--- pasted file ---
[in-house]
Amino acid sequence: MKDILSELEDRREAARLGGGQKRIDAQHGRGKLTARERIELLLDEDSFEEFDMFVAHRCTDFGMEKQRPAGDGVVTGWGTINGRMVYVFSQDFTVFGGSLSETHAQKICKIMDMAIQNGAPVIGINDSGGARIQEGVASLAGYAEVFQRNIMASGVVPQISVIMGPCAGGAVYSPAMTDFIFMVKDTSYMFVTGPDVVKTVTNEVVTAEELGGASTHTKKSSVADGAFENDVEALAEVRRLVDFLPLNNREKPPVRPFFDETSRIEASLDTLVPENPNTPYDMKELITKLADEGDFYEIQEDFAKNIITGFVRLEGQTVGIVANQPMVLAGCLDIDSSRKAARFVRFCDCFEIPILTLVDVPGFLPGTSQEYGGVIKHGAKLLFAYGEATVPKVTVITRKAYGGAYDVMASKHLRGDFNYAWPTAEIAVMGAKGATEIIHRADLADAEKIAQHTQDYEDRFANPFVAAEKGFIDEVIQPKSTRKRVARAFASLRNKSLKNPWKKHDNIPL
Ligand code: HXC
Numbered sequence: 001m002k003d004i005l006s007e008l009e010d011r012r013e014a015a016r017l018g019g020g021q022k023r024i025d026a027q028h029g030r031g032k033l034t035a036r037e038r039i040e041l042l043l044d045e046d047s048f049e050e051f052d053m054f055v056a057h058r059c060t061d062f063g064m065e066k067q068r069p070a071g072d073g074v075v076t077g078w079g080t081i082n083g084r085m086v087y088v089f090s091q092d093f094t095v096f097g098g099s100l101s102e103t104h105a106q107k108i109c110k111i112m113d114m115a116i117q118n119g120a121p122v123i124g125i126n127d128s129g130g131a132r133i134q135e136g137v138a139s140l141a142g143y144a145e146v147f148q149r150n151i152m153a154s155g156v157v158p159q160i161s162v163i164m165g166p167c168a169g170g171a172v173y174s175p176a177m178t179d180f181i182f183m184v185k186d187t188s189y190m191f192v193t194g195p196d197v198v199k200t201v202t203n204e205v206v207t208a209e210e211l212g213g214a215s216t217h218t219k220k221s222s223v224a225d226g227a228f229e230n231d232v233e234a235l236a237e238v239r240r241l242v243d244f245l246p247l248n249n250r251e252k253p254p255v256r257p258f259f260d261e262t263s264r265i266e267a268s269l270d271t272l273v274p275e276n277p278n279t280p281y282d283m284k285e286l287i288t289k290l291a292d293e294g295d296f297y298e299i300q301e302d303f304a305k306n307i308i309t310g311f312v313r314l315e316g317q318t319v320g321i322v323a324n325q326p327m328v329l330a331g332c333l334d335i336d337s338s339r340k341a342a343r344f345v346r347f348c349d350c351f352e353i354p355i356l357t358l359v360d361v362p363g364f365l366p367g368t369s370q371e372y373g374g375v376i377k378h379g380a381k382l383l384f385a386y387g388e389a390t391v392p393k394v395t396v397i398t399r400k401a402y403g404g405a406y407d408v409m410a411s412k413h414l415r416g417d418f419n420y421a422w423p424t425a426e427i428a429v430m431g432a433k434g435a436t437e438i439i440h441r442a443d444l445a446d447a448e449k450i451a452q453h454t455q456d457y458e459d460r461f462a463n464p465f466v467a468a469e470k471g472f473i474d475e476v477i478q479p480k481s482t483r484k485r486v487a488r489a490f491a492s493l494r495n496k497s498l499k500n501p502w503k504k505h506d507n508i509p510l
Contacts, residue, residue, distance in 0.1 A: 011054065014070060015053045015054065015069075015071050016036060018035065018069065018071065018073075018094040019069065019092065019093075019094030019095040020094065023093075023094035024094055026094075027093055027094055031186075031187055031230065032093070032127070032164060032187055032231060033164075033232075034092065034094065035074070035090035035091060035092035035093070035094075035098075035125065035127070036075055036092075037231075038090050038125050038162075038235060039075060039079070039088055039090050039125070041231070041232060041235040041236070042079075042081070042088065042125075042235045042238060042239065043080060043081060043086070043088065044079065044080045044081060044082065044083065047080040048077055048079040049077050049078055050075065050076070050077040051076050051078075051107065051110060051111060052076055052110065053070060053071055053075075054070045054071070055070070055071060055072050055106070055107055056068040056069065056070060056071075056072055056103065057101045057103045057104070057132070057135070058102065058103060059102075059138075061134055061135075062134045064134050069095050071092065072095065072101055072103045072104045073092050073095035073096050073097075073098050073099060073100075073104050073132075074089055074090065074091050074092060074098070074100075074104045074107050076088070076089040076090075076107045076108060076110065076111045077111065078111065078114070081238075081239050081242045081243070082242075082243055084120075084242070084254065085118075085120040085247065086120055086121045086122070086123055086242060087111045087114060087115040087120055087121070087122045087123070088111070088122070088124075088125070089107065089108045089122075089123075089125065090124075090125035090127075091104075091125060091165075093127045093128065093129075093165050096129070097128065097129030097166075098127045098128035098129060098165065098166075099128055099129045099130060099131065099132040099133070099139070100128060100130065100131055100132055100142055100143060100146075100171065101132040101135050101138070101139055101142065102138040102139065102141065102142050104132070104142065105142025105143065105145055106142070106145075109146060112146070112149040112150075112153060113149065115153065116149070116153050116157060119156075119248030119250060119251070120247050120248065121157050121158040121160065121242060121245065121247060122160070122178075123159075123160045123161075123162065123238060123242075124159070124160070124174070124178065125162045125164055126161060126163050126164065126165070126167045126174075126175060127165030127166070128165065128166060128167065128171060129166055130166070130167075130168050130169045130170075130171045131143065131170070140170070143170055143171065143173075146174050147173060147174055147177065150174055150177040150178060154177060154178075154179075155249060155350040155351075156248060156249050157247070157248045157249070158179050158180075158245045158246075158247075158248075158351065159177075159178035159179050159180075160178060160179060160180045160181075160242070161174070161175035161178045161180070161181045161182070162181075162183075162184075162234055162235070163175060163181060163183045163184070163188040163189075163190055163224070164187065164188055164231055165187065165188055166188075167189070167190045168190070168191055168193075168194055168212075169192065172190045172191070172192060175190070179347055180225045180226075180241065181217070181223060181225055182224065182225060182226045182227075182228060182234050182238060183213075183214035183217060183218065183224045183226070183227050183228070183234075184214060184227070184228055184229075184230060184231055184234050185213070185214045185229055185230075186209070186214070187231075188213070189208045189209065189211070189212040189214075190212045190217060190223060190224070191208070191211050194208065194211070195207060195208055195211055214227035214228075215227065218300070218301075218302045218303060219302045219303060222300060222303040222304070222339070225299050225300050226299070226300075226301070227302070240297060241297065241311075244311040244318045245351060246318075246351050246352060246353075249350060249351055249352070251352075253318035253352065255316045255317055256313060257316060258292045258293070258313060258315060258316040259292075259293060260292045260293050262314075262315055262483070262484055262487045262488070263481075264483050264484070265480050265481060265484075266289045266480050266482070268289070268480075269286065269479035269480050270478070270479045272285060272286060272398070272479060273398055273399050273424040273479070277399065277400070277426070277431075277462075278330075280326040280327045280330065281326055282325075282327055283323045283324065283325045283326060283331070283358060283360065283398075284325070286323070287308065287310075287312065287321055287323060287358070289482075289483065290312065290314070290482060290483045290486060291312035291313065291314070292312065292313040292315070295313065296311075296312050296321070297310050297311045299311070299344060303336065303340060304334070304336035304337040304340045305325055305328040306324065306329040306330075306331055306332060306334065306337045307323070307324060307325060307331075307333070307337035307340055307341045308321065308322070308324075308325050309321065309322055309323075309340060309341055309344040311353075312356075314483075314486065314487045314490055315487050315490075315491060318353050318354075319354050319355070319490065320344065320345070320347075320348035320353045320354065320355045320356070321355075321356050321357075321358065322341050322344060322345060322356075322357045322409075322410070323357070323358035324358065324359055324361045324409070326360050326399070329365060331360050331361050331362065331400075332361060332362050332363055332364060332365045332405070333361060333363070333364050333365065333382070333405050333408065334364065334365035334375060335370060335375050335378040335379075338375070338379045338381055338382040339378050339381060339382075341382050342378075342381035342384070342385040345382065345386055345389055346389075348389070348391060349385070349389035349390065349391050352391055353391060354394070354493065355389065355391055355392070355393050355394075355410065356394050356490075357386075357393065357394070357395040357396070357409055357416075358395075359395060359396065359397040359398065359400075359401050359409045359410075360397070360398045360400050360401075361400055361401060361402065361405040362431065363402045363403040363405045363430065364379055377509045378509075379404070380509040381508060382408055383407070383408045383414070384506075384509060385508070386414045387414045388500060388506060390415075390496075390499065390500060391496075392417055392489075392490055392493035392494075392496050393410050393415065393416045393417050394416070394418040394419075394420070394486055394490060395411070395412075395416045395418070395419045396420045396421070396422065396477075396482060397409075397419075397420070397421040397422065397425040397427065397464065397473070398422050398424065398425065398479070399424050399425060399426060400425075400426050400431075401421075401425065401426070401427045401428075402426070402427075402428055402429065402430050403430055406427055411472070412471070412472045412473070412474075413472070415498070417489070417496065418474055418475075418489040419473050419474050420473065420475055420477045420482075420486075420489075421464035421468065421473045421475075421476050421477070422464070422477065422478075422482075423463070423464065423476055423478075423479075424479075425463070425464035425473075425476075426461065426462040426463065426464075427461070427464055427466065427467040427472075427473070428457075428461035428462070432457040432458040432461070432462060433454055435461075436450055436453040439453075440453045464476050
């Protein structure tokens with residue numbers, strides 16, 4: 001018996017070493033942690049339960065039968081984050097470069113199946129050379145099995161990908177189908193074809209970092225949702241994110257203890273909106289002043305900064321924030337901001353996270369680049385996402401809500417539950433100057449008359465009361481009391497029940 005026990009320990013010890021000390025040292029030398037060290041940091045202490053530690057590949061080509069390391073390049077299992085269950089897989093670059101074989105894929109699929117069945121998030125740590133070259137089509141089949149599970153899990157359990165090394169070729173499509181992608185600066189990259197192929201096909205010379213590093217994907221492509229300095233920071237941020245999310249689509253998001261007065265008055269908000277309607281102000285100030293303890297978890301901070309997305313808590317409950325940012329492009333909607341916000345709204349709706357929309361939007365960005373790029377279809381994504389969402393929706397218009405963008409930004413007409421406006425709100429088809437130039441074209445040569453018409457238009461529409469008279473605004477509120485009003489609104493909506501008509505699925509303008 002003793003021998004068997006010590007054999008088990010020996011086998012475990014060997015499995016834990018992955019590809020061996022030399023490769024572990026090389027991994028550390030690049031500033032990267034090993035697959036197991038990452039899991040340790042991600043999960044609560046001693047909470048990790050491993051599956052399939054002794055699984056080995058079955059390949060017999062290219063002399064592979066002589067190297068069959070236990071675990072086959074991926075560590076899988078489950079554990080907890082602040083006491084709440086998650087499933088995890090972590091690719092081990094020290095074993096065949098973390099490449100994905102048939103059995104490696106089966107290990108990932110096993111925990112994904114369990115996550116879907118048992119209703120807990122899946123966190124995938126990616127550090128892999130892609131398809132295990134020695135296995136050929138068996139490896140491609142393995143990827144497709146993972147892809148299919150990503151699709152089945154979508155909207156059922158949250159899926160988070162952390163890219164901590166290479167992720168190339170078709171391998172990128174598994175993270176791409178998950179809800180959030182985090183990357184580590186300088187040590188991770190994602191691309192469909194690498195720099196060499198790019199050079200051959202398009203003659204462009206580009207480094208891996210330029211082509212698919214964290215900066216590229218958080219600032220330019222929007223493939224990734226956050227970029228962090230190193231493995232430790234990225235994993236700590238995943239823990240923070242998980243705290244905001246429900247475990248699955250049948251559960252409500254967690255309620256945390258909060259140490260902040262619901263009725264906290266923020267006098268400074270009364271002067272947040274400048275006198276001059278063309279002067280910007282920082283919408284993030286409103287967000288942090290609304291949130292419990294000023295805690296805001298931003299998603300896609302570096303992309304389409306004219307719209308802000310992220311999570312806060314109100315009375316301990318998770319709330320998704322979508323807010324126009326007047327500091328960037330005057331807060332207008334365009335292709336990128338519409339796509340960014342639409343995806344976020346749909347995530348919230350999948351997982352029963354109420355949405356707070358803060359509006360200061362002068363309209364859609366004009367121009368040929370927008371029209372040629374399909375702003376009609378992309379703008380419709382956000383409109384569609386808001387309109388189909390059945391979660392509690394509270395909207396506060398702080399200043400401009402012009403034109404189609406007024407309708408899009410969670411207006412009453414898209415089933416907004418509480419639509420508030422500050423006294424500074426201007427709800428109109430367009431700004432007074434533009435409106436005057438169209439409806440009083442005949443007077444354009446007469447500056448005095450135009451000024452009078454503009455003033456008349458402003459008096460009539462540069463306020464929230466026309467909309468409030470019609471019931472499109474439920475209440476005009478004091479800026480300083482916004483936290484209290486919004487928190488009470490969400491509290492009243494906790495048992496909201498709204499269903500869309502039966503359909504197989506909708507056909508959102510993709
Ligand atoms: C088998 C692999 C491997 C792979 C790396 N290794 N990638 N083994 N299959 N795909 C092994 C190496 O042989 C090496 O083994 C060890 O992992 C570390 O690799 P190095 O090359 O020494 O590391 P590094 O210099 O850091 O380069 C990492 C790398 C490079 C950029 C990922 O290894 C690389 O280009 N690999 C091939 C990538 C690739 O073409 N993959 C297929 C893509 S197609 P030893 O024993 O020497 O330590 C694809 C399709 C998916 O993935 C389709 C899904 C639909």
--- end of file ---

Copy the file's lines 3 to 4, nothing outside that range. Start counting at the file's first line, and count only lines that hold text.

Ligand code: HXC
Numbered sequence: 001m002k003d004i005l006s007e008l009e010d011r012r013e014a015a016r017l018g019g020g021q022k023r024i025d026a027q028h029g030r031g032k033l034t035a036r037e038r039i040e041l042l043l044d045e046d047s048f049e050e051f052d053m054f055v056a057h058r059c060t061d062f063g064m065e066k067q068r069p070a071g072d073g074v075v076t077g078w079g080t081i082n083g084r085m086v087y088v089f090s091q092d093f094t095v096f097g098g099s100l101s102e103t104h105a106q107k108i109c110k111i112m113d114m115a116i117q118n119g120a121p122v123i124g125i126n127d128s129g130g131a132r133i134q135e136g137v138a139s140l141a142g143y144a145e146v147f148q149r150n151i152m153a154s155g156v157v158p159q160i161s162v163i164m165g166p167c168a169g170g171a172v173y174s175p176a177m178t179d180f181i182f183m184v185k186d187t188s189y190m191f192v193t194g195p196d197v198v199k200t201v202t203n204e205v206v207t208a209e210e211l212g213g214a215s216t217h218t219k220k221s222s223v224a225d226g227a228f229e230n231d232v233e234a235l236a237e238v239r240r241l242v243d244f245l246p247l248n249n250r251e252k253p254p255v256r257p258f259f260d261e262t263s264r265i266e267a268s269l270d271t272l273v274p275e276n277p278n279t280p281y282d283m284k285e286l287i288t289k290l291a292d293e294g295d296f297y298e299i300q301e302d303f304a305k306n307i308i309t310g311f312v313r314l315e316g317q318t319v320g321i322v323a324n325q326p327m328v329l330a331g332c333l334d335i336d337s338s339r340k341a342a343r344f345v346r347f348c349d350c351f352e353i354p355i356l357t358l359v360d361v362p363g364f365l366p367g368t369s370q371e372y373g374g375v376i377k378h379g380a381k382l383l384f385a386y387g388e389a390t391v392p393k394v395t396v397i398t399r400k401a402y403g404g405a406y407d408v409m410a411s412k413h414l415r416g417d418f419n420y421a422w423p424t425a426e427i428a429v430m431g432a433k434g435a436t437e438i439i440h441r442a443d444l445a446d447a448e449k450i451a452q453h454t455q456d457y458e459d460r461f462a463n464p465f466v467a468a469e470k471g472f473i474d475e476v477i478q479p480k481s482t483r484k485r486v487a488r489a490f491a492s493l494r495n496k497s498l499k500n501p502w503k504k505h506d507n508i509p510l